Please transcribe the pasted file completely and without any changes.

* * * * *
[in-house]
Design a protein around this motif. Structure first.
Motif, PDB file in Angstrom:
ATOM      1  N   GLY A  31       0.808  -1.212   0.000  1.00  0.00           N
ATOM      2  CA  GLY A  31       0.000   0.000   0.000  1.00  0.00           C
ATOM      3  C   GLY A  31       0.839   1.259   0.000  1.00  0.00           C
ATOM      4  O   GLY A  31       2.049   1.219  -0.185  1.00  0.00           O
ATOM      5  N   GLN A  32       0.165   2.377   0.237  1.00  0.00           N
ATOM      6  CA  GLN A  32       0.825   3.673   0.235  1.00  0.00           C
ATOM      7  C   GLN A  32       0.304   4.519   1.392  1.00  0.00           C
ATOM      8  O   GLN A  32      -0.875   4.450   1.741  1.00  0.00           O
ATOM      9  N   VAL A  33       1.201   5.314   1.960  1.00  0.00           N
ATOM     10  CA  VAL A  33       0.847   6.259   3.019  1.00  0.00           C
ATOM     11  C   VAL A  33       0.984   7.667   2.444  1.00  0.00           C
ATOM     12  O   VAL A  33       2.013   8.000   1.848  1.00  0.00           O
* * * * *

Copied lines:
[in-house]
Design a protein around this motif. Structure first.
Motif, PDB file in Angstrom:
ATOM      1  N   GLY A  31       0.808  -1.212   0.000  1.00  0.00           N
ATOM      2  CA  GLY A  31       0.000   0.000   0.000  1.00  0.00           C
ATOM      3  C   GLY A  31       0.839   1.259   0.000  1.00  0.00           C
ATOM      4  O   GLY A  31       2.049   1.219  -0.185  1.00  0.00           O
ATOM      5  N   GLN A  32       0.165   2.377   0.237  1.00  0.00           N
ATOM      6  CA  GLN A  32       0.825   3.673   0.235  1.00  0.00           C
ATOM      7  C   GLN A  32       0.304   4.519   1.392  1.00  0.00           C
ATOM      8  O   GLN A  32      -0.875   4.450   1.741  1.00  0.00           O
ATOM      9  N   VAL A  33       1.201   5.314   1.960  1.00  0.00           N
ATOM     10  CA  VAL A  33       0.847   6.259   3.019  1.00  0.00           C
ATOM     11  C   VAL A  33       0.984   7.667   2.444  1.00  0.00           C
ATOM     12  O   VAL A  33       2.013   8.000   1.848  1.00  0.00           O